Mayor opposed to partial sale of electric customers
Indian River Shores’ officials still hope Florida Power and Light comes up with a cash figure that will tempt Vero Beach to avoid a court fight by selling off the Town’s electric customers and equipment to Florida Power & Light. But unless he backs down, Mayor Dick Winger will lead the fight against any such partial sale.
Emphasizing that such an action could only be regarded as taken under duress, Winger said he viewed any effort to carve the Shores’ 3,000 high-end ratepayers out of Vero Electric’s 33,000-customer base as akin to a “short sale.”
“I made it very clear that at least I would never vote for any agreement, including a partial sale, which would be unfair to any group, whether it’s Indian River Shores or the people of Vero Beach or the people outside the city,” Winger said.
Winger said FPL would need to “add a zero” at the end of any of the dollar amounts tossed about so far, and even if that happened, he still wouldn’t go for it.
“I could never support what I see as a short sale, and by that I mean the $3 (million) or $10 million that they proposed, or even a multiple of that,” Winger said, because of the issue of potential “stranded costs” from the revenues Vero has pledged in perpetuity to the Florida Municipal Power Association.
“We’d get a little bit of money,” Winger said, but the customers left behind with Vero Electric would be stuck with “the whole high cost of FMPA power” as well as the stranded costs.
Calling the matter “a tangled web,” Winger also reiterated the position expressed by City Manager Jim O’Connor that Vero is actively engaged in disputes with both of its out-of-city customer groups – those in unincorporated Indian River County as well as those in the Shores – and said it would be ill-advised to cut a deal with only one of those parties.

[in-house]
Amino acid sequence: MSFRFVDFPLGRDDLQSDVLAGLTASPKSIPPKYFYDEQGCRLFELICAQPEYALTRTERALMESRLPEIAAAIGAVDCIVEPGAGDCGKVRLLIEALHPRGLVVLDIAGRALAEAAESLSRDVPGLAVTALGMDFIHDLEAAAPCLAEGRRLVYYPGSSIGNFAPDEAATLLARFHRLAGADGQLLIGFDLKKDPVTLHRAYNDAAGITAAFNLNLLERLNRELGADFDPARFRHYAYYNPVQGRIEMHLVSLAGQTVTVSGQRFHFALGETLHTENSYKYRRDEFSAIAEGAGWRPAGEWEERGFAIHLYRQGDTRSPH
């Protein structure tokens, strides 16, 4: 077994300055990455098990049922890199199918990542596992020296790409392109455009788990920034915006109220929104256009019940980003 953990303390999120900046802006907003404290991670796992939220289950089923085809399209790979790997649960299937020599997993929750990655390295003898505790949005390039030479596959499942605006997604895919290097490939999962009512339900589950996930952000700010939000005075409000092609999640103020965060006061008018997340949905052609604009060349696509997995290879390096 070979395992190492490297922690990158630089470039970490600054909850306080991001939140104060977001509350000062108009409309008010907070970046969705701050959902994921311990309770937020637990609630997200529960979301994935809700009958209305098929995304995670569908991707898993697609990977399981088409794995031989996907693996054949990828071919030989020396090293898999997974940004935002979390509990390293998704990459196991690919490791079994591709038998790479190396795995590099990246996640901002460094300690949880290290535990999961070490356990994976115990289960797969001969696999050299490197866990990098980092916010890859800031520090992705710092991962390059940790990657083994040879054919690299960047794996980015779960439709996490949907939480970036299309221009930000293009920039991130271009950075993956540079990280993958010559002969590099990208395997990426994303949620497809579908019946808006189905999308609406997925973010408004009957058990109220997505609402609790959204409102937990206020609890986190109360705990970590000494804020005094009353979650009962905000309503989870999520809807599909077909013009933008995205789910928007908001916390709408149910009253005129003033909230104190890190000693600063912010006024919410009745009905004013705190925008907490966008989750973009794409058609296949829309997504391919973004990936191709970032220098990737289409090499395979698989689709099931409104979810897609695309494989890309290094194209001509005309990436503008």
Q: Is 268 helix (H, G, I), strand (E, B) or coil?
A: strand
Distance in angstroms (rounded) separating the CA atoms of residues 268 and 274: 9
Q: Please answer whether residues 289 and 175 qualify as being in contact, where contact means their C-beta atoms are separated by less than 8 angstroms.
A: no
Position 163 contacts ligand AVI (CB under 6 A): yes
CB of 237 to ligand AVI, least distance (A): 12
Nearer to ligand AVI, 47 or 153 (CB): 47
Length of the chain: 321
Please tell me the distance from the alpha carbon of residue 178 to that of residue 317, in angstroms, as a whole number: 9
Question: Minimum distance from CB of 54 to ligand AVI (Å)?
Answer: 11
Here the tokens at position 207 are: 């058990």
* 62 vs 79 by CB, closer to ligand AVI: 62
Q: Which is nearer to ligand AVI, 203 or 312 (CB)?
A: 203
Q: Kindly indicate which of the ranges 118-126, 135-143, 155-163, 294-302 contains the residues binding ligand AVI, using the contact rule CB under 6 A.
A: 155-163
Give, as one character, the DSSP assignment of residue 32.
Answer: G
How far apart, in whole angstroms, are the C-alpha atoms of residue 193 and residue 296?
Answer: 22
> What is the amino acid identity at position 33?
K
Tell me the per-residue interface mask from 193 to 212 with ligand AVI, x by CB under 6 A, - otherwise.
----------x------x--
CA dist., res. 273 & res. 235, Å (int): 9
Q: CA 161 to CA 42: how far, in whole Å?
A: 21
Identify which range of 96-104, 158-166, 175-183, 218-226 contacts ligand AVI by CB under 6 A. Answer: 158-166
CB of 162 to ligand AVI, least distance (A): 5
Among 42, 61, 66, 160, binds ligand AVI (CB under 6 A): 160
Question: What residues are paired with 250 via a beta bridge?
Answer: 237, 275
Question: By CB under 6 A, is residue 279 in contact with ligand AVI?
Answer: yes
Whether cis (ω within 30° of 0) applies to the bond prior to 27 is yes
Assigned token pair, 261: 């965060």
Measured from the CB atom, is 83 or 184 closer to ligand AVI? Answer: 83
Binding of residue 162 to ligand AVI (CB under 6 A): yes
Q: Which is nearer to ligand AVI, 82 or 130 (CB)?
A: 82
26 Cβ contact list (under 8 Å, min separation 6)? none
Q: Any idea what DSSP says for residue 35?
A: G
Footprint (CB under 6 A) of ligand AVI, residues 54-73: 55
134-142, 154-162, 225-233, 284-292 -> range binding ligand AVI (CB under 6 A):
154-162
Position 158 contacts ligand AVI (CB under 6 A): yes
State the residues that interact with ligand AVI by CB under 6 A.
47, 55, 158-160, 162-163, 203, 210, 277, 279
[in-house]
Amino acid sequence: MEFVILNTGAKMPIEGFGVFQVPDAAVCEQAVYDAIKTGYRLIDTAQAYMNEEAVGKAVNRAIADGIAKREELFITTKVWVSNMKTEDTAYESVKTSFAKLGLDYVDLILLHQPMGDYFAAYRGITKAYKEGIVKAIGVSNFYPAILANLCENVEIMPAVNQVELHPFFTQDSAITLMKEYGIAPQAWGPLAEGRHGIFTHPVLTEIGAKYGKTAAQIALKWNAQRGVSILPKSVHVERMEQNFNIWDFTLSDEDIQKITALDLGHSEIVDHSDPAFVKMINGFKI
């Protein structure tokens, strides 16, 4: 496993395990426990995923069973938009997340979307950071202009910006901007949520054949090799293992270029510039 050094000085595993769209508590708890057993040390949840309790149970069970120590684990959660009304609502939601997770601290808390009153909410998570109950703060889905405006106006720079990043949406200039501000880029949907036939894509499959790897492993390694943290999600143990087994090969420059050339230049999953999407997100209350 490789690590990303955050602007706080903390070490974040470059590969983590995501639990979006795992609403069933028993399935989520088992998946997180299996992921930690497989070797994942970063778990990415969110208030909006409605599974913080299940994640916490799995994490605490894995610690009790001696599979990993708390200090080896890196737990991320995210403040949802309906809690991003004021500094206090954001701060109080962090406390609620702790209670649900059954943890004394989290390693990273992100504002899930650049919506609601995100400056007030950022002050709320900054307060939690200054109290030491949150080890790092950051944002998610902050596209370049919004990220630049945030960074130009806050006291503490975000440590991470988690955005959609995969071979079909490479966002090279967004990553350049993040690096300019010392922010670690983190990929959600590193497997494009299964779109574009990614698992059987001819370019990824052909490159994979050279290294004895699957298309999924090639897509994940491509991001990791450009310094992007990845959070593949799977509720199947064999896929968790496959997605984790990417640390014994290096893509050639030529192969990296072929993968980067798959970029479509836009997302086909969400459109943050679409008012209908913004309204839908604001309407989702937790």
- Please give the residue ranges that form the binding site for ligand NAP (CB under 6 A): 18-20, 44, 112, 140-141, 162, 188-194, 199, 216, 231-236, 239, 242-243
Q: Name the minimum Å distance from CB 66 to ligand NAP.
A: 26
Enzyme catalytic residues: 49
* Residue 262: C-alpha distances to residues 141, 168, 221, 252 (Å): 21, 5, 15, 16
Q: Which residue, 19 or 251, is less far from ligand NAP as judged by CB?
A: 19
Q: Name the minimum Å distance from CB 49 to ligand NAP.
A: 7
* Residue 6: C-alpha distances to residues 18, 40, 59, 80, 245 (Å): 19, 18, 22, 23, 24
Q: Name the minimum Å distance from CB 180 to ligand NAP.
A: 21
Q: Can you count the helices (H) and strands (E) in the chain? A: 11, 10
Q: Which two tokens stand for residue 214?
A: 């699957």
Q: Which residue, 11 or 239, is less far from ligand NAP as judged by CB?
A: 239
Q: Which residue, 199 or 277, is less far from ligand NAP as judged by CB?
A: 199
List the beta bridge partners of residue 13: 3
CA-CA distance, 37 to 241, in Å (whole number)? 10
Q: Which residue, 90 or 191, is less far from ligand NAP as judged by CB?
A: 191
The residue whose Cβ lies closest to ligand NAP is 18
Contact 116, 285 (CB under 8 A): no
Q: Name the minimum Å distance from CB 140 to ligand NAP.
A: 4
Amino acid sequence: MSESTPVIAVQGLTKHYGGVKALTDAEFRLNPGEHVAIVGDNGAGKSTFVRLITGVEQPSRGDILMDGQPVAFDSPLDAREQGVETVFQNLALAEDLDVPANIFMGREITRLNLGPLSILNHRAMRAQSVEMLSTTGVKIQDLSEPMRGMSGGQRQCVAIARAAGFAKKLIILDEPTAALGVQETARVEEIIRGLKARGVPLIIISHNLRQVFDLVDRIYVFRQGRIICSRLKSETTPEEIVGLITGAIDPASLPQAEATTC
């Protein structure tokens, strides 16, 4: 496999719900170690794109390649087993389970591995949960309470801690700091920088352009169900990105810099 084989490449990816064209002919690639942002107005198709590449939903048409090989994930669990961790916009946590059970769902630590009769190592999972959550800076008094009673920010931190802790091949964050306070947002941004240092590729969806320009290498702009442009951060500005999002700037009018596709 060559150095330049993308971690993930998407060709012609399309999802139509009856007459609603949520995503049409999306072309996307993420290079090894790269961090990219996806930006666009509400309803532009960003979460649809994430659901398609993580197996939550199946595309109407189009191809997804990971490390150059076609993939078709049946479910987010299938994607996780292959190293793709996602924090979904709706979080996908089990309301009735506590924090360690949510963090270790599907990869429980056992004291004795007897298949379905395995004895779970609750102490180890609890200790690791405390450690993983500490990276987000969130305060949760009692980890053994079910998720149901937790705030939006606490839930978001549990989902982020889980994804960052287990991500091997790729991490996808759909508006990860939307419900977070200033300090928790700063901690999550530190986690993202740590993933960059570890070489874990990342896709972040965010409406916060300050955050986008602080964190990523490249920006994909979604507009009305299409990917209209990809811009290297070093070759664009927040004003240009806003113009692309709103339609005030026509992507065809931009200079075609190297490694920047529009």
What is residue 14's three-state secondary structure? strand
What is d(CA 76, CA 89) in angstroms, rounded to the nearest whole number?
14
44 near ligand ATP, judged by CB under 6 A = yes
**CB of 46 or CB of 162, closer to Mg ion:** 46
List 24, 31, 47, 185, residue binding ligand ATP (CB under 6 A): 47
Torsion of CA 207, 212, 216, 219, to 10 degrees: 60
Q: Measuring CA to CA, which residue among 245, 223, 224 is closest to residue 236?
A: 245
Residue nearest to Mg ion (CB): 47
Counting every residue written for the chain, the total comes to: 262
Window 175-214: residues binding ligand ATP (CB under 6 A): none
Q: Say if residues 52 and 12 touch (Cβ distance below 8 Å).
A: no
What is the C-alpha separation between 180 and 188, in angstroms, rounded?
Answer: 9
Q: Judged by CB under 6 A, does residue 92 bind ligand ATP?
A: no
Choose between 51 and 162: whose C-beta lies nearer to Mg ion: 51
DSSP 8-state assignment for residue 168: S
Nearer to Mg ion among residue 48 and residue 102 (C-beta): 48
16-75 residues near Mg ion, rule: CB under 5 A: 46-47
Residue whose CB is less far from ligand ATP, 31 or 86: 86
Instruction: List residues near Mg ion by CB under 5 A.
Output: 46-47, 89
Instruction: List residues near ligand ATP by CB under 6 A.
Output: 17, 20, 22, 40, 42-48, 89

Winger referred those who say there has to be some amount of money that would solve this problem, and said: “I don’t see that amount of money coming forward to keep our people in the City of Vero Beach and the County whole.”
Councilwoman Pilar Turner pointed out that the city cannot quantify the stranded costs, and that’s why she urged the City Council to seek a fair-market value of Vero’s share of FMPA’s assets, and as well as its Vero’s share of FMPA’s long-term liabilities. Turner got no support last month from other City Council members for a resolution seeking those valuations.
O’Connor said the city is “gearing up” to respond to the Circuit Court lawsuit that the Shores plans to re-activate early next week. “We are now heading into the area of litigation,” he said. O’Connor held out no hope for a settlement. “If we did cut a deal with Indian River Shores, I think we could count on Indian River County having some issues as well,” he said.
The politics of the bizarre legal triangle of Vero, the Shores and Indian River County got a bit more interesting last Thursday as Vice Mayor Jay Kramer announced he was challenging Commissioner Bob Solari for the County Commission seat which represents part of the City of Vero Beach, the Town of Indian River Shores and the south barrier island – all customers of Vero electric.
As the Shores moves forward with its own bid to buy its way out of Vero’s high rates, it’s unclear whether or not the current Board of County Commissioners and the Indian River Shores Town Council will remain allies against Vero, or will part company at some point to fight for the rights of their respective constituencies.